End User Case Study: EquipmentShare
In this post, we feature a Q&A with Hunter Scheib, Cloud Ops Engineer at EquipmentShare to talk about their migration to Kubernetes. EquipmentShare offers contractors a better way to manage mixed construction fleets by leveraging technology solutions to work smarter, more efficiently and increase productivity. EquipmentShare’s smart jobsite solutions and services include: Rent, new and telematics-equipped machine rental service; Track, construction fleet management technology that monitors asset location and utilization; and Own, EquipmentShare’s dealership arm for new and used equipment and parts sales.
Technology Strategy and Challenge
The three solutions at EquipmentShare are powered by a software platform that gathers and updates data in real-time about the available equipment, tracking their location and status, and IoT to monitor the equipment to provide preventative maintenance. Their platform was built cloud-first in AWS using many of the native services like Elastic Beanstalk in their software development workflow. The monolithic nature of the application started to cause issues including test isolation, branch contention, and others. All were natural growing pains as their project and team grew over the past few years.
The Cloud Ops team started to look at solutions like Kubernetes and microservices architecture, and GitOps as a way of creating more separation in the services themselves resulting in isolation between the developers’ workflows. This evolution was focused on the web application part of their solution which included services written in Python, a database and some lambda functions for batch processing.
We started the migration by adopting a GitOps approach first so that we can automatically deploy when developers do a commit. We wanted to simplify onboarding and GitOps allows us to abstract the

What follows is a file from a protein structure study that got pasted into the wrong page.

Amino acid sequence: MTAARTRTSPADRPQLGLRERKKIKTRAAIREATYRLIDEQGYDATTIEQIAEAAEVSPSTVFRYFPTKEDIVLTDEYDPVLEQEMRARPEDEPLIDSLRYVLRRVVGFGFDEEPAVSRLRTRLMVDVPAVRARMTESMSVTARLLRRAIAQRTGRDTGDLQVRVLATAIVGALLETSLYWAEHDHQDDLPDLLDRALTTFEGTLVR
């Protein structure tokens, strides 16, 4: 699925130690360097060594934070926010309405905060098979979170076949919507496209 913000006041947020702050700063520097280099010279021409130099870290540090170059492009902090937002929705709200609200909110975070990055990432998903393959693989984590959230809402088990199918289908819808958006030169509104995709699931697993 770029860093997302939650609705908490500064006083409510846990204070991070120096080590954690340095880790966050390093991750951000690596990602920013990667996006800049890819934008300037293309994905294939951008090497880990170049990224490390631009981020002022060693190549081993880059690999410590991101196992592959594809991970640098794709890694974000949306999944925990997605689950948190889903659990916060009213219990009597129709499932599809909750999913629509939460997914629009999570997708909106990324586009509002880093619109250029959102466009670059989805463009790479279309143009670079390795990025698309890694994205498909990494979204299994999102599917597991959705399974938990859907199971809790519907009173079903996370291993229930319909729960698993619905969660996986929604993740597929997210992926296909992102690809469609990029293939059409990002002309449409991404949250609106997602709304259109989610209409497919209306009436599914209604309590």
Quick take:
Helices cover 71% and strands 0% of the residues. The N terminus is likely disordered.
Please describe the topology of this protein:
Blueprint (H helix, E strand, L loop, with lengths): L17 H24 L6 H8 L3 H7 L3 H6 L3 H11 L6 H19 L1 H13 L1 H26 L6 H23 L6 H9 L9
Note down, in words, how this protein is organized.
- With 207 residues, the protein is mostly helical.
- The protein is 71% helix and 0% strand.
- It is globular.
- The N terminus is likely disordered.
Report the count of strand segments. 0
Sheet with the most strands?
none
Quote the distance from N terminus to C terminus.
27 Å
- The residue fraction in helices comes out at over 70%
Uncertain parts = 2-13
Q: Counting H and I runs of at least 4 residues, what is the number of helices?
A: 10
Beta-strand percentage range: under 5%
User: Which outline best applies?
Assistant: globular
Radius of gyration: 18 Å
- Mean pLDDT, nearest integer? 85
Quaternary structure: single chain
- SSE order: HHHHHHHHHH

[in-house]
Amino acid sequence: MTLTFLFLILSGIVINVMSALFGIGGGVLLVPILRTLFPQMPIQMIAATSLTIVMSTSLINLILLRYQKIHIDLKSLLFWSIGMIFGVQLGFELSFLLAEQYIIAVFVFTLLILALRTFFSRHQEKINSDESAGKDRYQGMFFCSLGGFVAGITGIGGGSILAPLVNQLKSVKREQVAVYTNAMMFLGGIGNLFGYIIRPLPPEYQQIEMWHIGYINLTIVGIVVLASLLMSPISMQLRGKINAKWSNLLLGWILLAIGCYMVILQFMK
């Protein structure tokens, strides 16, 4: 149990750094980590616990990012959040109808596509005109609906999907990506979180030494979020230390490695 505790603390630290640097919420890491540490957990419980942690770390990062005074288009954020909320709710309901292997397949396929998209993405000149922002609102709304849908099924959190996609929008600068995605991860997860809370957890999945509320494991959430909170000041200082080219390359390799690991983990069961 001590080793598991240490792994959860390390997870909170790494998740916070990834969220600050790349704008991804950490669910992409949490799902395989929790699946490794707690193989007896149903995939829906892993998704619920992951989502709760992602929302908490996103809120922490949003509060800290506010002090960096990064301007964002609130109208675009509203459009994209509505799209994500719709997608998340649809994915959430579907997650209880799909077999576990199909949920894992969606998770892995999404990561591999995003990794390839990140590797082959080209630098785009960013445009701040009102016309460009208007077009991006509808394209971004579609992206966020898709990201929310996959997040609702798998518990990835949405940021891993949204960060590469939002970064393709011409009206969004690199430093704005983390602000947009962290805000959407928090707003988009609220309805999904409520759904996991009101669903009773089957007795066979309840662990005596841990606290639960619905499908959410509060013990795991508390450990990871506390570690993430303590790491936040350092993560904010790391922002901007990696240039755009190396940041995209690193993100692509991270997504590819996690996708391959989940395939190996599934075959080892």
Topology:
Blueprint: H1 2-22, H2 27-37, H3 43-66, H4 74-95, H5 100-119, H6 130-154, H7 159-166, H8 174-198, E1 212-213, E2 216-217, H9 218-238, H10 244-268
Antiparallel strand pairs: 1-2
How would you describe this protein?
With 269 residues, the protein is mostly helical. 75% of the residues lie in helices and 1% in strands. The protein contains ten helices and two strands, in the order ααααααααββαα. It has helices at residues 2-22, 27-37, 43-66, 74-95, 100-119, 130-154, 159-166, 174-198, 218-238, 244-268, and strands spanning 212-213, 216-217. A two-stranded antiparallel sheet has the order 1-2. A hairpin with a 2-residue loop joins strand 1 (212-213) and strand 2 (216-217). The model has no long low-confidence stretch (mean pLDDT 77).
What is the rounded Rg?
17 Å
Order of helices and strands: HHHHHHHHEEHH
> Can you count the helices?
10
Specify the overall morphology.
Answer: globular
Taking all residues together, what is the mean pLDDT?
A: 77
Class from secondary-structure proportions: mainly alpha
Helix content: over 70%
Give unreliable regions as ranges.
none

kubectl and other Kubernetes specific commands from our developers. We created a set of Helm charts for easily deploying a containerized app to Kubernetes. We updated our fragile path based routing with ALB to Gloo open source API gateway from Solo.io. Gloo immediately picks up on new VirtualService changes, so we can create dynamic test environments within minutes that are replicas of our production setup. Now developers can easily test frontends and backends in their own isolated full stack environment. Gloo gives us fine grained traffic control that’s easy to use.
“When we wanted to bring in microservices and Kubernetes, we tried Gloo as our API gateway and it just fit. It is Kubernetes native and allows us to dynamically change and control our environment.”
We’d heard of Gloo before and when we went to test it, we understood that it is a native Kubernetes solution using Custom Resources (CRD) and Virtual Services which fit perfectly with our GitOps methodology. Gloo allowed us to jumpstart our Kuberentes deployment and apply a phased approach to going live. With Gloo we deployed a static upstream to Beanstalk and Kubernetes and were able to shift small percentages of traffic instantly to the new environment without having to figure it out in DNS. The speed of changes made it also easy to shift back the traffic if we observed issues in the application behavior. Gloo gives us fine grained traffic control as we ease our production traffic to a new environment.
We’ve been impressed with the rate of innovation in Gloo as the Solo.io team is constantly updating the code in open source and the community is very active and helpful in slack. We are using the read-only dashboard to keep track of what’s actively running in the environment. In our staging cluster we have a lot of VirtualServices as developers are always spinning up and down dynamic environments to test and we can quickly check in to see how much is running from the dashboard. To help with our infrastructure hygiene, we’ve implemented an automatic deletion policy that deletes Virtual Services from the staging cluster after a certain amount of time has passed.
We’ve currently got our entire pre-production environment on Kubernetes with Gloo and have a production Kubernetes and production Beanstalk environment running side by side. As mentioned earlier, we are constantly shifting traffic back and forth between them as we observe the behavior, make changes to the code or environment, and adjust our operations for the new environment. As we continue on our journey, we look forward to trying more cloud-native technologies and potentially integrating them into our tech stack.